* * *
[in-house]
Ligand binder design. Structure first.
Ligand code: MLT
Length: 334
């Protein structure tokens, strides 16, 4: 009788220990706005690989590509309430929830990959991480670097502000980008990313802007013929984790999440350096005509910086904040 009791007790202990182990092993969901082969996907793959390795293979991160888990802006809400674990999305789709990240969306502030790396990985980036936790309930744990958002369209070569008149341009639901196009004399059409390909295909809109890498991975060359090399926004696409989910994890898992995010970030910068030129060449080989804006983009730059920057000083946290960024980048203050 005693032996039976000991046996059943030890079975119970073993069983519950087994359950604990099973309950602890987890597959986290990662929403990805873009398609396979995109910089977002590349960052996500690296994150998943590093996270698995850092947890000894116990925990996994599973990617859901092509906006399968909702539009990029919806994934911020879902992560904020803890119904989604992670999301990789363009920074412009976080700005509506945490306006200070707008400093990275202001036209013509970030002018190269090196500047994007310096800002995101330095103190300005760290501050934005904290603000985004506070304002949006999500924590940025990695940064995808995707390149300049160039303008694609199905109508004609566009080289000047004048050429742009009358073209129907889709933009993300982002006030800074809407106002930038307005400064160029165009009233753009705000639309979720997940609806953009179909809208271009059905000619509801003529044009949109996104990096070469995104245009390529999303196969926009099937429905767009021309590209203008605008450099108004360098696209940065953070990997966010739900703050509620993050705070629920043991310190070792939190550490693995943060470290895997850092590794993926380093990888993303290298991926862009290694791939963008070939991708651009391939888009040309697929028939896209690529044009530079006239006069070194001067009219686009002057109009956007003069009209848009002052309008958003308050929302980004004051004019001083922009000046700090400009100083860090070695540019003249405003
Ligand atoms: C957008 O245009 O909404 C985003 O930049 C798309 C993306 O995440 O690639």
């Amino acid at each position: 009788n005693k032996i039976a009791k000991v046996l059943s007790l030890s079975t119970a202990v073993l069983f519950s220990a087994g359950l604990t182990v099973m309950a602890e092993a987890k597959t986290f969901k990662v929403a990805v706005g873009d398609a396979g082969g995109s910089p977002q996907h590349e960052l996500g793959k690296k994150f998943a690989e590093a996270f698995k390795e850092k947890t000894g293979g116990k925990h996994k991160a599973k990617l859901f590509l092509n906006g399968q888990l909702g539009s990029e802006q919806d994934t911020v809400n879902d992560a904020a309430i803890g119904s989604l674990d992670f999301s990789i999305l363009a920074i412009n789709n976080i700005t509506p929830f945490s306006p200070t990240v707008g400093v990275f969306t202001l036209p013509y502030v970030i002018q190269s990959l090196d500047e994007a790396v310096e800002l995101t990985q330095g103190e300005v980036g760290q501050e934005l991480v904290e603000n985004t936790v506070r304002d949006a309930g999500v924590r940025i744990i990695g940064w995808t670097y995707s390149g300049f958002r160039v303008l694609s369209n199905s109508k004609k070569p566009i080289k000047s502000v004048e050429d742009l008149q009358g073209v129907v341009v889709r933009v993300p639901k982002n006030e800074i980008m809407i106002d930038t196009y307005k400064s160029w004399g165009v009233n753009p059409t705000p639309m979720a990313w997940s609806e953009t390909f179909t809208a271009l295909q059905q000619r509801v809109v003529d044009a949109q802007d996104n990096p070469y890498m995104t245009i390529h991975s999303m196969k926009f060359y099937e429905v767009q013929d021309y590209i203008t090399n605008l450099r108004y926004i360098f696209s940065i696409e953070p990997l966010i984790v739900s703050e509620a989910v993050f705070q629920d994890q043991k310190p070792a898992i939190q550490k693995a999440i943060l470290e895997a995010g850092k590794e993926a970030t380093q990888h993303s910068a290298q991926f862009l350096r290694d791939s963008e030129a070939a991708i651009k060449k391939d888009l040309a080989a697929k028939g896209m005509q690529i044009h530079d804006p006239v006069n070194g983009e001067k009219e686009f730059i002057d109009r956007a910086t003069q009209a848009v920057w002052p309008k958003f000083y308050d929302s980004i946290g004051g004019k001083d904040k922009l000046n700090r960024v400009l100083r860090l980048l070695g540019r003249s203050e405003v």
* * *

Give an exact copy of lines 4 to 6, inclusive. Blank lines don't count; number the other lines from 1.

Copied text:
Length: 334
């Protein structure tokens, strides 16, 4: 009788220990706005690989590509309430929830990959991480670097502000980008990313802007013929984790999440350096005509910086904040 009791007790202990182990092993969901082969996907793959390795293979991160888990802006809400674990999305789709990240969306502030790396990985980036936790309930744990958002369209070569008149341009639901196009004399059409390909295909809109890498991975060359090399926004696409989910994890898992995010970030910068030129060449080989804006983009730059920057000083946290960024980048203050 005693032996039976000991046996059943030890079975119970073993069983519950087994359950604990099973309950602890987890597959986290990662929403990805873009398609396979995109910089977002590349960052996500690296994150998943590093996270698995850092947890000894116990925990996994599973990617859901092509906006399968909702539009990029919806994934911020879902992560904020803890119904989604992670999301990789363009920074412009976080700005509506945490306006200070707008400093990275202001036209013509970030002018190269090196500047994007310096800002995101330095103190300005760290501050934005904290603000985004506070304002949006999500924590940025990695940064995808995707390149300049160039303008694609199905109508004609566009080289000047004048050429742009009358073209129907889709933009993300982002006030800074809407106002930038307005400064160029165009009233753009705000639309979720997940609806953009179909809208271009059905000619509801003529044009949109996104990096070469995104245009390529999303196969926009099937429905767009021309590209203008605008450099108004360098696209940065953070990997966010739900703050509620993050705070629920043991310190070792939190550490693995943060470290895997850092590794993926380093990888993303290298991926862009290694791939963008070939991708651009391939888009040309697929028939896209690529044009530079006239006069070194001067009219686009002057109009956007003069009209848009002052309008958003308050929302980004004051004019001083922009000046700090400009100083860090070695540019003249405003
Ligand atoms: C957008 O245009 O909404 C985003 O930049 C798309 C993306 O995440 O690639």